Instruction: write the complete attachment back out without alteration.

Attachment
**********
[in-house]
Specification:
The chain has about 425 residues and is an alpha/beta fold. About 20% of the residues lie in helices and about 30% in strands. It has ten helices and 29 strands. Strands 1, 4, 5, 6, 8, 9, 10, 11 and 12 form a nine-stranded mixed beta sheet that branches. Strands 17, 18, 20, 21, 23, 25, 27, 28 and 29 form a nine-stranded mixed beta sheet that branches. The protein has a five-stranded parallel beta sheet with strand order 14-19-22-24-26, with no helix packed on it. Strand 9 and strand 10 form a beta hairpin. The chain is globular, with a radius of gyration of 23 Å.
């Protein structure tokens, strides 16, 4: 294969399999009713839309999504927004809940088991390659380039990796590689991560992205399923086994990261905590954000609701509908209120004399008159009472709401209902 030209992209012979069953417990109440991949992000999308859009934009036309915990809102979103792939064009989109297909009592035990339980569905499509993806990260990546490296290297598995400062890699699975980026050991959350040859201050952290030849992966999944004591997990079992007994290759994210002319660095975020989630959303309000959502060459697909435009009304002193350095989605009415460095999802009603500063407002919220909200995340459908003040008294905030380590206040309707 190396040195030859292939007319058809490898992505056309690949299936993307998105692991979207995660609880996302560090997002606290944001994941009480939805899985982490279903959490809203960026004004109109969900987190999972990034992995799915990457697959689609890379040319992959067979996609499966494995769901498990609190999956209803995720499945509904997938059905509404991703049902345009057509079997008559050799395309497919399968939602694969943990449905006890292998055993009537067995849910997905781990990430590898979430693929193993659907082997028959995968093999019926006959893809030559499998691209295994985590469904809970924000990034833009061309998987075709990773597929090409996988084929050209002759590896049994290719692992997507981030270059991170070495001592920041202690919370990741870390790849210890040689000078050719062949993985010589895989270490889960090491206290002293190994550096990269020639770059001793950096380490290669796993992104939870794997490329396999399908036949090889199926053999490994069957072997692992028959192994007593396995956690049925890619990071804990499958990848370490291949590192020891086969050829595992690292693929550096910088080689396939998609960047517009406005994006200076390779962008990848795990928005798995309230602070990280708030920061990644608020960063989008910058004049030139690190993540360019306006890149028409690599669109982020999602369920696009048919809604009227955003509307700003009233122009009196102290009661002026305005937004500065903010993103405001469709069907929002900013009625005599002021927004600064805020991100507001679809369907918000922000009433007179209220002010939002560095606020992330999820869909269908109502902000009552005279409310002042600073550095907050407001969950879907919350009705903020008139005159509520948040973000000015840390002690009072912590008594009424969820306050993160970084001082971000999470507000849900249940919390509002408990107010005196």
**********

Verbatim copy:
[in-house]
Specification:
The chain has about 425 residues and is an alpha/beta fold. About 20% of the residues lie in helices and about 30% in strands. It has ten helices and 29 strands. Strands 1, 4, 5, 6, 8, 9, 10, 11 and 12 form a nine-stranded mixed beta sheet that branches. Strands 17, 18, 20, 21, 23, 25, 27, 28 and 29 form a nine-stranded mixed beta sheet that branches. The protein has a five-stranded parallel beta sheet with strand order 14-19-22-24-26, with no helix packed on it. Strand 9 and strand 10 form a beta hairpin. The chain is globular, with a radius of gyration of 23 Å.
């Protein structure tokens, strides 16, 4: 294969399999009713839309999504927004809940088991390659380039990796590689991560992205399923086994990261905590954000609701509908209120004399008159009472709401209902 030209992209012979069953417990109440991949992000999308859009934009036309915990809102979103792939064009989109297909009592035990339980569905499509993806990260990546490296290297598995400062890699699975980026050991959350040859201050952290030849992966999944004591997990079992007994290759994210002319660095975020989630959303309000959502060459697909435009009304002193350095989605009415460095999802009603500063407002919220909200995340459908003040008294905030380590206040309707 190396040195030859292939007319058809490898992505056309690949299936993307998105692991979207995660609880996302560090997002606290944001994941009480939805899985982490279903959490809203960026004004109109969900987190999972990034992995799915990457697959689609890379040319992959067979996609499966494995769901498990609190999956209803995720499945509904997938059905509404991703049902345009057509079997008559050799395309497919399968939602694969943990449905006890292998055993009537067995849910997905781990990430590898979430693929193993659907082997028959995968093999019926006959893809030559499998691209295994985590469904809970924000990034833009061309998987075709990773597929090409996988084929050209002759590896049994290719692992997507981030270059991170070495001592920041202690919370990741870390790849210890040689000078050719062949993985010589895989270490889960090491206290002293190994550096990269020639770059001793950096380490290669796993992104939870794997490329396999399908036949090889199926053999490994069957072997692992028959192994007593396995956690049925890619990071804990499958990848370490291949590192020891086969050829595992690292693929550096910088080689396939998609960047517009406005994006200076390779962008990848795990928005798995309230602070990280708030920061990644608020960063989008910058004049030139690190993540360019306006890149028409690599669109982020999602369920696009048919809604009227955003509307700003009233122009009196102290009661002026305005937004500065903010993103405001469709069907929002900013009625005599002021927004600064805020991100507001679809369907918000922000009433007179209220002010939002560095606020992330999820869909269908109502902000009552005279409310002042600073550095907050407001969950879907919350009705903020008139005159509520948040973000000015840390002690009072912590008594009424969820306050993160970084001082971000999470507000849900249940919390509002408990107010005196």